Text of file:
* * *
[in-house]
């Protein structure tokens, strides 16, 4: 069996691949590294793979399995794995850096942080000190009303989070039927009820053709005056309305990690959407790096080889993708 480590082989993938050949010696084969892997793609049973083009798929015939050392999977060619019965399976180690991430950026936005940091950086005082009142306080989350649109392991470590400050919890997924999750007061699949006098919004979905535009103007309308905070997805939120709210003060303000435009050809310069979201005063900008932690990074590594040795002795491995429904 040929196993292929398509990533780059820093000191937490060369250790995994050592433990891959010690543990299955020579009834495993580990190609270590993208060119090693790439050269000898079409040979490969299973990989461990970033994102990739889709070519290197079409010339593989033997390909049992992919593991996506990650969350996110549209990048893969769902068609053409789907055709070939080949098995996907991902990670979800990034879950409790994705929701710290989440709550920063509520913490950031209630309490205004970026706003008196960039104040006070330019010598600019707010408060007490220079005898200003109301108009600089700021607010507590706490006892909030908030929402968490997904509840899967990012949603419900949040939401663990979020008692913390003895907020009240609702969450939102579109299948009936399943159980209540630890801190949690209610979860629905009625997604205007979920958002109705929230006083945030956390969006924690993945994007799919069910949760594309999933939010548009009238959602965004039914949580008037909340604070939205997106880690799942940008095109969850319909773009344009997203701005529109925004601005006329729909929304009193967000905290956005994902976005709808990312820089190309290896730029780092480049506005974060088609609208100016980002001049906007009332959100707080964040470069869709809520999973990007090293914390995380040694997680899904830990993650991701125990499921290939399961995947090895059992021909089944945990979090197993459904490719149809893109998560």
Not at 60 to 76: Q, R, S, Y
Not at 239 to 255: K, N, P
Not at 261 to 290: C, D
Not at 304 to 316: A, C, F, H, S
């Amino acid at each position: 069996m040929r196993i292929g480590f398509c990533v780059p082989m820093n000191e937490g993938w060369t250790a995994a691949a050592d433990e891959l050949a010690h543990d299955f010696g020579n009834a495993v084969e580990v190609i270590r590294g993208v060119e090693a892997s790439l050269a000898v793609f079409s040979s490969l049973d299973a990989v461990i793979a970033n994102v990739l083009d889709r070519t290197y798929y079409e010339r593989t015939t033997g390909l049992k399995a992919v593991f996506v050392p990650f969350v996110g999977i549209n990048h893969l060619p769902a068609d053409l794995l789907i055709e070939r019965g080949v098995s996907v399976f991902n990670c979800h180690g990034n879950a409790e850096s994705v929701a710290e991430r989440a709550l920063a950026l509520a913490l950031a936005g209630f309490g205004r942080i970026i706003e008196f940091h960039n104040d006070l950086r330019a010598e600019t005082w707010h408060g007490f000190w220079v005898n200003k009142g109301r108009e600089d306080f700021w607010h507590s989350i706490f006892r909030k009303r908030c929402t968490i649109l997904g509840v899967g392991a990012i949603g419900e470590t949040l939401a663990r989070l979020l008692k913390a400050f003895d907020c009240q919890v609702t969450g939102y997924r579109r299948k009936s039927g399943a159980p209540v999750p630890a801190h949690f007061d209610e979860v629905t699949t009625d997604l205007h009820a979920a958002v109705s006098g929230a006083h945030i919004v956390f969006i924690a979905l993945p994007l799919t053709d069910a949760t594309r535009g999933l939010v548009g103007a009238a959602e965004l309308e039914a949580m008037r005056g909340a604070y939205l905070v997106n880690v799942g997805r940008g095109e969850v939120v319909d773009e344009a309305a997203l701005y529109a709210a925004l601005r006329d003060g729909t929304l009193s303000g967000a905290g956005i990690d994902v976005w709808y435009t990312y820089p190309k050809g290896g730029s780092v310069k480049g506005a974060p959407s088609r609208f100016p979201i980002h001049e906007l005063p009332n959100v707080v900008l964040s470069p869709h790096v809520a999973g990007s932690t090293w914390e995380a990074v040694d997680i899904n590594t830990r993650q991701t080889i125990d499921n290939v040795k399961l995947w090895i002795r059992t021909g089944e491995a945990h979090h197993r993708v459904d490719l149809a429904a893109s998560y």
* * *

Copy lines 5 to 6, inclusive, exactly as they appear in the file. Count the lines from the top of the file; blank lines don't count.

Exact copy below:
Not at 261 to 290: C, D
Not at 304 to 316: A, C, F, H, S